22 Attack vectors Social vectors Loosing the device Apps (access to corporate/private data, location) (Your) kids!
23 Attack vectors Android specific vectors Log-cat output Attack on application messaging framework Sniffing, Fuzzing, Exploiting of Intents, Content providers Steal certificate and roll out malicious update (in theory) NDK code can bypass Android security model!?
24 ANDROID S SECURITY CONCEPT
26 Coarse-grained security model Process isolation enforced by underlying linux kernel UID Group ID Sandboxing Ressources can only be accessed by the owner application Each application running in it s own VM Explicitly sharing of resources to relax strict process boundaries (Broadcast-) Intents, Services, Content Providers, AIDL interfaces to exchange data
27 Fine-grained security model Permissions "A permission is a mechanism that enforces restrictions on the specific operations that a particular process can perform" End-user model
28 System permissions
29 Declaring permissions
30 Enforce permissions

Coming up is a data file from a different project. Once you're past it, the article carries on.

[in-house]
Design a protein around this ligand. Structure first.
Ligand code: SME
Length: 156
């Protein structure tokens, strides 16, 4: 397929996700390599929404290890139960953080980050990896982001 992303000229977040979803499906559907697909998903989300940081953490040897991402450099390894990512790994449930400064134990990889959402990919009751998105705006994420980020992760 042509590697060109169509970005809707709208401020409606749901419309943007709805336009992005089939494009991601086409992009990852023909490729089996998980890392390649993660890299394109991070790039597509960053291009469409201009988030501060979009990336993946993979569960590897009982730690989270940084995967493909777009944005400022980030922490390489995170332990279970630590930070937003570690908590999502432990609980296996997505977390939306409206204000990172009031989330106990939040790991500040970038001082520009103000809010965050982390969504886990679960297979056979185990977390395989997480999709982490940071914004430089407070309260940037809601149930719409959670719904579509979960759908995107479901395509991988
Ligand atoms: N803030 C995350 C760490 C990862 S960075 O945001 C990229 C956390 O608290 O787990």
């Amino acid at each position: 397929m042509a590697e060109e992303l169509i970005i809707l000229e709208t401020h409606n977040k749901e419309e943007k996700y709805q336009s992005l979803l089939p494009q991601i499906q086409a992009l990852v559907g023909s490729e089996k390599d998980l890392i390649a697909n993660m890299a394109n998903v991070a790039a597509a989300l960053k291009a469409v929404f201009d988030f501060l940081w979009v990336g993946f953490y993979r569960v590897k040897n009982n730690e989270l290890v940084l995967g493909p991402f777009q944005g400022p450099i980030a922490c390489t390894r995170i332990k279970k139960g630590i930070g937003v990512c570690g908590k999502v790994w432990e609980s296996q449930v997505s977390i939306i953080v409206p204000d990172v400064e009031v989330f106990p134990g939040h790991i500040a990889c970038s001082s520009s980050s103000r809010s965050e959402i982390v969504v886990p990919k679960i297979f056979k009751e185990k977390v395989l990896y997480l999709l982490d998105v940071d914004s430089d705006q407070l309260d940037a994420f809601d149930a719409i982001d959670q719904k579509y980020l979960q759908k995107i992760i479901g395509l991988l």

31 Enforce permissions
32 Enforce permissions
33 Criticism of the security model Sandboxing & permissions are nice, but Permissions not granular enough No permission transparency Partial permissions not possible Granted permissions can t be changed (unless re-installation of the app) No approval process in android market Possibility to install apps without android market App certification
34 BEST PRACTICES
35 Managing android phones with Google Apps Restrict synchronization (with Google account) Password policies (strength, length, require password) Automatically lock the device Number of invalid passwords allowed before wipe Perform remote wipe
36 Microsoft Exchange? Very basic Full support with BES All (Windows Mobile) or fewer than ios (Windows Phone 7) Fewer than ios 14 policies Introduction Attack Vectors Security Model Best Practices 3rd Party Solutions Conclusion
37 The device management API Introduced with Android 2.2 (Froyo) Enforce password policies quality (alphabetic, numeric, alpha-numeric) length reset passwort maximum failed passwords until wipe Lock screen (maximum time to lock device) Lock screen password Wipe phone